The Marriage Canon is under similar pressure, and IMO the consequences of having it evaporate into "guidelines" for religious folks are far more significant - because of the virtues described a page or so back which the Canon provides a context to develop. So again, Norm, the issue isn't particularly important for secular folks who fully intend to nod and wink to the gatekeeper for their preferred wedding location (your rabbi, many other clergy too) then do what they want. You lied to your rabbi about the intention to keep kosher etc., to get access to the synagogue you guys wanted for your wedding; the lie didn't much bother you, because the religious thing was secondary.

Absolutely true, but then again, I've never lost a single night's sleep over it.... and we've been married 42 years.... clearly, lack of faith hasn't been deleterious to my marriage.


It probably wasn't secondary to the rabbi though, and one wonders whether he'd have been justified in not performing the ceremony, if he knew he was being lied to. He'd likely have been a lot less receptive had I, a practicing Christian, came asking for his venue; with good reason, he might suspect I had little intention to keep kosher or etc. It would be a good bet I wouldn't turn out a very good observant Jew, and just wanted his location for convenience.

The rabbi's involvement was purely for the sake of the parents, not us.... we would have been perfectly happy with a simple civil ceremony... at the time, we might not have been full-bore 'hippies', but we were certainly counter-culture. Instead, the wedding was, for the most part, my mother-in-law's opportunity to host a big party and, to a certain extent, 'show off' to her friends. Wife and I had NOTHING to do with the arrangements, the selection of the venue.... we didn't even choose our own honeymoon, that was my mother-in-law's idea (the honeymoon was a week in Jamaica, in what turned out to be a really crappy hotel with lousy food and too much danger to wander outside the hotel grounds... it was NOT what we would have picked, but was a concession to her mother, who wanted control over the entire affair).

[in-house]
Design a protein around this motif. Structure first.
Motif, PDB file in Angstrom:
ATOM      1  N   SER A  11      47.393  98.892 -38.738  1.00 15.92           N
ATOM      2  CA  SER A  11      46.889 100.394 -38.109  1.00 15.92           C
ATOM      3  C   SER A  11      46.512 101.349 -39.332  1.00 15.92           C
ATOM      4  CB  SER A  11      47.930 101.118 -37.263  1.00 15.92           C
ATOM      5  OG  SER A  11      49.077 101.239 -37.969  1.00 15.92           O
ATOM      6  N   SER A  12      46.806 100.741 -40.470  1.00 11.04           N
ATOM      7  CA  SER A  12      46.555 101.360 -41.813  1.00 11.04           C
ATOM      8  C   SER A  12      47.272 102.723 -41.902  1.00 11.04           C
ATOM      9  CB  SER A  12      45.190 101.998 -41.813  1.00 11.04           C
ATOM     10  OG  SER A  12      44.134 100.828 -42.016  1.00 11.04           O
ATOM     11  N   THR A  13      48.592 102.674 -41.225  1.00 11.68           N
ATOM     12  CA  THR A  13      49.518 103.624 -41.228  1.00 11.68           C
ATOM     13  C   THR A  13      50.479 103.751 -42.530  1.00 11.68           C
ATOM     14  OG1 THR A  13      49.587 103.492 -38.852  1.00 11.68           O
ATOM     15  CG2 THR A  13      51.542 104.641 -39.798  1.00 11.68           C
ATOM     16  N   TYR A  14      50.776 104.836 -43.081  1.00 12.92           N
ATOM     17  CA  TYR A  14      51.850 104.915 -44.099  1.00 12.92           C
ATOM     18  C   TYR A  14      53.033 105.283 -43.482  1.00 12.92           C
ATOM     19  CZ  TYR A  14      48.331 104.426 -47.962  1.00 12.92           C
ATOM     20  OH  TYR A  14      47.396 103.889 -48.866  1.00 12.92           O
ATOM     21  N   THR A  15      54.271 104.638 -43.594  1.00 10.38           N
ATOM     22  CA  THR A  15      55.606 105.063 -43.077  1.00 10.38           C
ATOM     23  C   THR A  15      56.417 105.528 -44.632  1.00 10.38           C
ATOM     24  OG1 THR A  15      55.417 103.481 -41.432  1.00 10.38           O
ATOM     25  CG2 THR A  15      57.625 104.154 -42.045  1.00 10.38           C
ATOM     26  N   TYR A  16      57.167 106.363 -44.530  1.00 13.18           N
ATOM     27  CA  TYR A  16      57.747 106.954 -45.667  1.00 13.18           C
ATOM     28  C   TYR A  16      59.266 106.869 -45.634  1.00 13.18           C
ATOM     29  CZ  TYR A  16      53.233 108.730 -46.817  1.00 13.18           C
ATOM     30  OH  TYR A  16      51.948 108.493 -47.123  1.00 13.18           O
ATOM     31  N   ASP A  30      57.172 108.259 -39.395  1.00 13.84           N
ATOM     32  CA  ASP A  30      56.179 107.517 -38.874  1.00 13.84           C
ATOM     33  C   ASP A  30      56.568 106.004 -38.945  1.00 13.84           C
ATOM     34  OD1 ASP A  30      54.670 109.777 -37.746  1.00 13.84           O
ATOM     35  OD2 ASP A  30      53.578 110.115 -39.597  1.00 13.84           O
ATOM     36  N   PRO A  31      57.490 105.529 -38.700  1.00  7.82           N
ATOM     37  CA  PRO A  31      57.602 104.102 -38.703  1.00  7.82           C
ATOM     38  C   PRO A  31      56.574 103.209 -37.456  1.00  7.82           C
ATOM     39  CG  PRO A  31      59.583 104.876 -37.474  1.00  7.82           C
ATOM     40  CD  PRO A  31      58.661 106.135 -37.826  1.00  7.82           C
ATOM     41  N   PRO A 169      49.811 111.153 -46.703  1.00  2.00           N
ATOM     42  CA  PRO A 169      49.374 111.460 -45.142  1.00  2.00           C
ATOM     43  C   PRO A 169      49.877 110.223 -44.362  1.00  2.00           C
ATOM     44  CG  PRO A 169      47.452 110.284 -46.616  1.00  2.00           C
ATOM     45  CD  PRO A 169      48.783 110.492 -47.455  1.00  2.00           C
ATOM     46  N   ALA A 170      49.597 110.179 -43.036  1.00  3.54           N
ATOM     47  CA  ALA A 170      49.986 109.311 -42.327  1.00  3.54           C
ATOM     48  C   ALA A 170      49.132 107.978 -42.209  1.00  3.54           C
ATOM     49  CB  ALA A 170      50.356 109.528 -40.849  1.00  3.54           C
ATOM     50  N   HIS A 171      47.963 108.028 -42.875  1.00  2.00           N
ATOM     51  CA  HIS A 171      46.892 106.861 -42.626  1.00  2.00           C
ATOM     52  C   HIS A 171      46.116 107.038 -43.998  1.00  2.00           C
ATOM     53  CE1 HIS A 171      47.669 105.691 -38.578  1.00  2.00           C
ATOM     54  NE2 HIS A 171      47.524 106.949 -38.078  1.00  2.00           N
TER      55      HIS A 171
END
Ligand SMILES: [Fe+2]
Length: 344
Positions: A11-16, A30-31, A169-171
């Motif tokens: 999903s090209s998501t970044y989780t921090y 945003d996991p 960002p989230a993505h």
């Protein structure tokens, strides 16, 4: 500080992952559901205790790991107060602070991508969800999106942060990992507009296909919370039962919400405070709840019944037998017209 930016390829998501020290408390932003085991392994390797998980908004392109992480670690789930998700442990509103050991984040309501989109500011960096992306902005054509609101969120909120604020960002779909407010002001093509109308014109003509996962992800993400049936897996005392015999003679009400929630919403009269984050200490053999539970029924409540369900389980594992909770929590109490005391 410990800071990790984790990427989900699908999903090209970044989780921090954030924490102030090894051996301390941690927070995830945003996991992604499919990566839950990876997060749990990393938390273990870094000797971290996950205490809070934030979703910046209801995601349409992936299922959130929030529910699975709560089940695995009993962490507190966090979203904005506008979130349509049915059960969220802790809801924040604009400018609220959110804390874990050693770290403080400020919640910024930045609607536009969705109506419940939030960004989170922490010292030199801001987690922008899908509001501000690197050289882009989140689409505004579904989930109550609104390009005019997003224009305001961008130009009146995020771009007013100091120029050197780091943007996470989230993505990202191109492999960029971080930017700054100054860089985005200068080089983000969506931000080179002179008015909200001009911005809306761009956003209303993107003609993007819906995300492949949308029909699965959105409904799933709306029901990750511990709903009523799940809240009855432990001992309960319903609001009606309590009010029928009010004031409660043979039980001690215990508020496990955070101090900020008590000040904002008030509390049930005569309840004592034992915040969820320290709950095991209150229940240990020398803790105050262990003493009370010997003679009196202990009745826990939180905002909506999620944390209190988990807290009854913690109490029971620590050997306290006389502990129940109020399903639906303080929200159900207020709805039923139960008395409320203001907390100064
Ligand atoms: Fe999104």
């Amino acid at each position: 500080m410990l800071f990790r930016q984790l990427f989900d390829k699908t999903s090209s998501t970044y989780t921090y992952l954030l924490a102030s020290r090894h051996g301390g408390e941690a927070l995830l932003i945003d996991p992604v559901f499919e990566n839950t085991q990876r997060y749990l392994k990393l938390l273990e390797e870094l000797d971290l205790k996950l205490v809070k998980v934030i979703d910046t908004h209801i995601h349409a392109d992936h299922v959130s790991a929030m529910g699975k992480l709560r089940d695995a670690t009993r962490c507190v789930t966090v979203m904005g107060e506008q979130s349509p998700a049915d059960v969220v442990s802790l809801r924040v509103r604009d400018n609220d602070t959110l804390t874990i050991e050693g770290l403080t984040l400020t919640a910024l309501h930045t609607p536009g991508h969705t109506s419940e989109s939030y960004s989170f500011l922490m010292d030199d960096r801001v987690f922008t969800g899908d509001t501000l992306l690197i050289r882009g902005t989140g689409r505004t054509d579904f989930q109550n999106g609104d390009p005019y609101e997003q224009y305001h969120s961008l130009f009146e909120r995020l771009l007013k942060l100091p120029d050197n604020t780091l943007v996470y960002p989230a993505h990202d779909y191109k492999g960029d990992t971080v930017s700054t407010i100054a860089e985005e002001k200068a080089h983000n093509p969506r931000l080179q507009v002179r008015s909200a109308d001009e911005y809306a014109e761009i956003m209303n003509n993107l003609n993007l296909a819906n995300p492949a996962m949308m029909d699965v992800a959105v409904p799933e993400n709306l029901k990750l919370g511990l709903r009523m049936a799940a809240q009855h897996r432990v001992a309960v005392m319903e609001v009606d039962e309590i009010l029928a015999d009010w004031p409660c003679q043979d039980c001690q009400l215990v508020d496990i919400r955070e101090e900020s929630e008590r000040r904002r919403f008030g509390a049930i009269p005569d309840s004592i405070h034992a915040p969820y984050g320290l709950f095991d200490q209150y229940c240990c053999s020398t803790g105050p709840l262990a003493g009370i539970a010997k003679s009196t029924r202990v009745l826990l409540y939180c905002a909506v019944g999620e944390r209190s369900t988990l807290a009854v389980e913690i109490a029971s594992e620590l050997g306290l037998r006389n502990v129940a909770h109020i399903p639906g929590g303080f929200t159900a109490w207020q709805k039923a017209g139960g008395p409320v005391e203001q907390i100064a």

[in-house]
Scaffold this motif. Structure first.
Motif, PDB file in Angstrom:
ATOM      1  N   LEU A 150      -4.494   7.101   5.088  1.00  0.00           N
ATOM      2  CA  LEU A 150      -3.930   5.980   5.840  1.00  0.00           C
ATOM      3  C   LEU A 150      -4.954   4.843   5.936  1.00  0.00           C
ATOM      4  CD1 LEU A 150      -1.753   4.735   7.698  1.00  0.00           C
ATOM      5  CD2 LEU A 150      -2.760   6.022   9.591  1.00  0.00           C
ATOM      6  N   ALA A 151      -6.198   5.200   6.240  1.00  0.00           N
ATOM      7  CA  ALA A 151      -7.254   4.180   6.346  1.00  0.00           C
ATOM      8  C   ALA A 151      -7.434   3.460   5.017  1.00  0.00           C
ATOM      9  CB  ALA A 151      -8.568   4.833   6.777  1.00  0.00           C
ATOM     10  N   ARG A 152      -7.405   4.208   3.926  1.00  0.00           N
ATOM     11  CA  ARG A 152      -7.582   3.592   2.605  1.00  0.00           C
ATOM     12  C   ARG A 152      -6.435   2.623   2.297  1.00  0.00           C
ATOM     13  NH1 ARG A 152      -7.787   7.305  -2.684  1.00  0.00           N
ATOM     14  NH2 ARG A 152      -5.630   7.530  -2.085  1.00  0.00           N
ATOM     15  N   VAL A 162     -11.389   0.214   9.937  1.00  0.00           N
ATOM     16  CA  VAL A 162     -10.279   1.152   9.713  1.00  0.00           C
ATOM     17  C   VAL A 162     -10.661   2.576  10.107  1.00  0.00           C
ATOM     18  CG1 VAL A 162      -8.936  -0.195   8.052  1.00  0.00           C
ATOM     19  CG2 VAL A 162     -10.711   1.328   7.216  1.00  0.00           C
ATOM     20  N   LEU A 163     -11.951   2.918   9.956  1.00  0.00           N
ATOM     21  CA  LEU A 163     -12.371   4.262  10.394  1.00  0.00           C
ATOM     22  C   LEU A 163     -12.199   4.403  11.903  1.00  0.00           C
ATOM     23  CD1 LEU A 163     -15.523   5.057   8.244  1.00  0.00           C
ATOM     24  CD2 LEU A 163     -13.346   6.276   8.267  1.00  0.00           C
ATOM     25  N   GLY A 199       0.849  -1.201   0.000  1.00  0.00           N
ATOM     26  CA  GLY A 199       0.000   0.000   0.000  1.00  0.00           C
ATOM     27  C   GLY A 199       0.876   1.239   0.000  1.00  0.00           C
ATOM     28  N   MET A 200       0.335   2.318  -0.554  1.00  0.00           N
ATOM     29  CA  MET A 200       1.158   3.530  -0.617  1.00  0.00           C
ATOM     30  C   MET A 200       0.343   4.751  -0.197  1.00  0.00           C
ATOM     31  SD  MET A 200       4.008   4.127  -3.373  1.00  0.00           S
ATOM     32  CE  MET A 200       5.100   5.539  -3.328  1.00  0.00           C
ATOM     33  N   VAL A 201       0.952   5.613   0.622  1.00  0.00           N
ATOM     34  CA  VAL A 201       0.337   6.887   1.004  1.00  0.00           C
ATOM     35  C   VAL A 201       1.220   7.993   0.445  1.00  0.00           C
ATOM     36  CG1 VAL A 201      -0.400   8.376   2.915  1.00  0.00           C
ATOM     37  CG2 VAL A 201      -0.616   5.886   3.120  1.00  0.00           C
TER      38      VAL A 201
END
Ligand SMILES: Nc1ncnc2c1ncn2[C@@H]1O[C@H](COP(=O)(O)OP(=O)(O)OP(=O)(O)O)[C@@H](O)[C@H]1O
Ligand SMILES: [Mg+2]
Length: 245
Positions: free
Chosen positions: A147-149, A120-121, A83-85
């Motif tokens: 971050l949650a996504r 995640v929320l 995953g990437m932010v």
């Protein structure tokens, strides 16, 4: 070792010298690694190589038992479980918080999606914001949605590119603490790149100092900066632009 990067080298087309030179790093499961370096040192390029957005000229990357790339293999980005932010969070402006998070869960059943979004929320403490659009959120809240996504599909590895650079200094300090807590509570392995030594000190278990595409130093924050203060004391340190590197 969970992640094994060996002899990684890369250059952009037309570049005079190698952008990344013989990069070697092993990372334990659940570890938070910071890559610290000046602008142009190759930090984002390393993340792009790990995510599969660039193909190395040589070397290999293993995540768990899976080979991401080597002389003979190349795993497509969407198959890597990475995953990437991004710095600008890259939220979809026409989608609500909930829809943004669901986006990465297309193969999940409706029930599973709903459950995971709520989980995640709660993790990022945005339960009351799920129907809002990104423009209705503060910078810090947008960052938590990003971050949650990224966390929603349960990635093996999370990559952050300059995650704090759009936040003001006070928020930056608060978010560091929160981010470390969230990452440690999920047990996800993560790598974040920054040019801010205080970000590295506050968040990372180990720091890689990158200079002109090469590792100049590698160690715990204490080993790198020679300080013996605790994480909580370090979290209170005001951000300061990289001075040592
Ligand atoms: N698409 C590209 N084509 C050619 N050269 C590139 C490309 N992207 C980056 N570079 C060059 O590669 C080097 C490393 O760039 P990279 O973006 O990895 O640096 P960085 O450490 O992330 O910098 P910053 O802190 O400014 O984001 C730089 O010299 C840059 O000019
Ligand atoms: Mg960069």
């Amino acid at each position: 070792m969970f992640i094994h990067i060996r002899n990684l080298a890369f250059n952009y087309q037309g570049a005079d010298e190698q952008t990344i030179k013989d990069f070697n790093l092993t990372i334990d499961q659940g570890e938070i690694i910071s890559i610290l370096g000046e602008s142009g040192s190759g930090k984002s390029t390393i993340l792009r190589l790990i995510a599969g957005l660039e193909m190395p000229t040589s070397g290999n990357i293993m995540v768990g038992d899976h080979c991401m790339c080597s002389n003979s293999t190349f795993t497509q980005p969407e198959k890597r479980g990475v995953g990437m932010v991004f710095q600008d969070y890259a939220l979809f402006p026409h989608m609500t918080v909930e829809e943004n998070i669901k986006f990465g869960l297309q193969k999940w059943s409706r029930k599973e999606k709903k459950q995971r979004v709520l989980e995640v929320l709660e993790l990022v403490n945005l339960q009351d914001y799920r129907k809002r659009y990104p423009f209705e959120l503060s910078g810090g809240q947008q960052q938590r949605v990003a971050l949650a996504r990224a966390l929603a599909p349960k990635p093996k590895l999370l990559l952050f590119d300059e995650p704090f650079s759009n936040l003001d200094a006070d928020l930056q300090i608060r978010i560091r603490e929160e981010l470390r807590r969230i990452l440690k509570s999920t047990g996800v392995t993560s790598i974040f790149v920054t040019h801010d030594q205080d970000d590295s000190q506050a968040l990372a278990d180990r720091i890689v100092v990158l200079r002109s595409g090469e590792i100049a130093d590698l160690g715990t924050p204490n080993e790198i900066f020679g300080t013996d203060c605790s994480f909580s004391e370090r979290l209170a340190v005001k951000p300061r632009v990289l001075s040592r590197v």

For the most part, we both felt like pawns in a game. We were living in Boston, going to school, and the wedding was little more than a 'week down in NY, with a detour to Jamaica'.... and we were both glad to get back to Boston. The wedding didn't affect our relationship, which was strong before, and strong after.

So, when it comes to lying to the Rabbi, I certainly didn't feel like I had the slightest bit of control over the situation... it was a 'set-up'.


Again, I'm not arguing for some kind of policing - I am noting that liturgies and religious forms (e.g. marriage) exist to promote particular virtues which matter to that community. And it's reasonable, I think, for that community to want to continue to promote those virtues, by how they think about enabling access to their own liturgies.

Well, good luck in devising your 'sincerity' test. I'm not sure I see that it's even possible.

RonW
12-14-2015, 10:54 AM
Gotta agree with my buddy norm's post #152......

But back to TomF, a faith based organization ? Good christian, that performs same sex marriages, and you approve ? And all this rambling boils down to what ?